His objective is singular; to either reduce Ukraine as he did in Georgia to a point where NATO membership is off the table or, by negotiation, secure from the Ukrainian government iron-clad assurances it will not seek membership of the European Union or join the anti-Russian NATO alliance. But, and of course, this is a challenge to the sacred notion of state sovereignty.
What about Ukraine’s sovereignty?
Sovereignty is a strange argument because sovereignty is negotiated. While we may think an Englishman’s house is his castle, the reality is that one has to make some accommodation for the neighbours. Except for superpower states, sovereignty is conditional. The suggestion that, as a sovereign state, Ukraine can join NATO if it wants is a patently absurd suggestion. Such would demand that, as an equally sovereign state, North Korea should be allowed nuclear weapons. Not even the People’s Republic of China would accept this understanding of sovereignty. States in the neighbourhoods of superpowers simply must accept the reality — Realpolitik — that their sovereignty is to a greater or lesser extent dependent on their relationship with the superpower.
In the Final Analysis
War is wrong. It is the supreme international crime. Yet, and sadly, international law is contingent on the requirements of the most powerful state actors. This simple fact of international politics is as true today as it was when Ashurbanipal was expanding the Assyrian Empire across the Euphrates and into the Levant. And, of course, there is a horrible aspect to this of ‘might is right.’ At some point, regardless of our moral or ideological considerations, we have to accept this. Ukraine borders Europe and Asia’s most powerful state, and the reality of that situation — as Ukraine is now learning — is that its freedom and sovereignty are to some extent subject to Russia’s good grace. Ukraine was warned of what would happen in 2008 when the Russian military machine rolled into Georgia. It was given a louder warning in 2014 when Russia simply grabbed Crimea. Even on the eve of this invasion, with a hundred thousand Russian soldiers amassed on its northern and eastern borders — not quite an invasion force, the Kyiv government had a way out.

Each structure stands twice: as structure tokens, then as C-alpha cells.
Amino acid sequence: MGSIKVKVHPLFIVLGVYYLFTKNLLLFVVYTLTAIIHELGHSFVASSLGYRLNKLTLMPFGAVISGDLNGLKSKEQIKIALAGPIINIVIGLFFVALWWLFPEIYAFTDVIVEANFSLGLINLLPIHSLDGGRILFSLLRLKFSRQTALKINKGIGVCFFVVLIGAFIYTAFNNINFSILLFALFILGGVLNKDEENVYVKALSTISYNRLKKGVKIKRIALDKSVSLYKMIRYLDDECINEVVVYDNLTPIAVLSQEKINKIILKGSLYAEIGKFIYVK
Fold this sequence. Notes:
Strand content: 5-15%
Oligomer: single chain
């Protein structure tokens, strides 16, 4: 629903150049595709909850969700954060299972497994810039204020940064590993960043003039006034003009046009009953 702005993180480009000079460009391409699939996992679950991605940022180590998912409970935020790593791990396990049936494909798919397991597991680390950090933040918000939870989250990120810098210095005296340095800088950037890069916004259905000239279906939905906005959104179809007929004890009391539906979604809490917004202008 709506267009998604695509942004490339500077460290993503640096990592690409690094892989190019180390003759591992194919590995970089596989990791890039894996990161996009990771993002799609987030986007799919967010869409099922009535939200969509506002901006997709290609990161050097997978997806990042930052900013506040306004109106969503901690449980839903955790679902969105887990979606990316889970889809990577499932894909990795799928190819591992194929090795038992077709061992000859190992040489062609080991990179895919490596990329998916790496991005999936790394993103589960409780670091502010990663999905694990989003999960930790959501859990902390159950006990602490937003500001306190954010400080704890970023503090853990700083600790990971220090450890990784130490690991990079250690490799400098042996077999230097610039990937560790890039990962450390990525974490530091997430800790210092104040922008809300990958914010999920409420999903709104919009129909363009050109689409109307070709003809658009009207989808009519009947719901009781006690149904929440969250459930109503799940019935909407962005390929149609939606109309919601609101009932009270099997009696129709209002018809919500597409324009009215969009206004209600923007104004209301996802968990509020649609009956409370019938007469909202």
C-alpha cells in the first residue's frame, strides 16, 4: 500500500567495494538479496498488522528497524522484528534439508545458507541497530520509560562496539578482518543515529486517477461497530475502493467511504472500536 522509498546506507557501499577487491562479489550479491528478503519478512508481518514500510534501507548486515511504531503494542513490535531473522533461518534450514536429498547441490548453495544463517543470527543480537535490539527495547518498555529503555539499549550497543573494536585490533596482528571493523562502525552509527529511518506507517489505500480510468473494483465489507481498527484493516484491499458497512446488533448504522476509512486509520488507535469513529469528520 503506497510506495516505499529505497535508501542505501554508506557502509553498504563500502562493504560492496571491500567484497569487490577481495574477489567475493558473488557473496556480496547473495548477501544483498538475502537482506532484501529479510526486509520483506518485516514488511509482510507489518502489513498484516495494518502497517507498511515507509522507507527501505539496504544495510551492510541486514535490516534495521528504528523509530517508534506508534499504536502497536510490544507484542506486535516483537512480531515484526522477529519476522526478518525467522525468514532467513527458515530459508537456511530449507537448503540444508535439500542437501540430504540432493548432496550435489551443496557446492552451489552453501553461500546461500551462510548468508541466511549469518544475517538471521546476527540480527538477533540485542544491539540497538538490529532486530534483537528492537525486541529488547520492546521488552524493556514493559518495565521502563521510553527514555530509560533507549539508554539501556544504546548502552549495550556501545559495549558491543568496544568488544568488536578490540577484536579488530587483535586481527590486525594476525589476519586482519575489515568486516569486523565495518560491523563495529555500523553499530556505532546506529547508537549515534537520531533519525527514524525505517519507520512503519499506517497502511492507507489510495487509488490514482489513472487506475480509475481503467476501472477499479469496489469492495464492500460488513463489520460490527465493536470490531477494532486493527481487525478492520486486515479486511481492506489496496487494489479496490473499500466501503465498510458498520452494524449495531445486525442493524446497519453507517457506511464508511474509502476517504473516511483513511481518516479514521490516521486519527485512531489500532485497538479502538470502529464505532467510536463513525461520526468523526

Sure, we can say that Russia had a way out — that it could have simply minded its own business and let Ukraine do what it pleased. It could have done that, sure. But is that what the United States, China, or Britain would have done had their security been challenged by a neighbouring country? Of course not. Let’s not be naїve. The US is in the business of demolishing countries that offend it thousands of miles from its borders. Now this is not to suggest Ukraine deserved this. It most definitely did not. No country deserves to be invaded and occupied by a hostile state. But we simply cannot, considering the realities of international relations, argue that Russia was not provoked.
Jason Michael McCann, M.Phil. (TCD) Conflict Studies The author holds a postgraduate degree in Race, Ethnicity and Conflict from the University of Dublin, Trinity College, and an academic fellowship in the study of conflict from the University of West Flanders. He has published on the history of the Auschwitz-Birkenau extermination camp and the murder of the Hungarian Jews in 1944.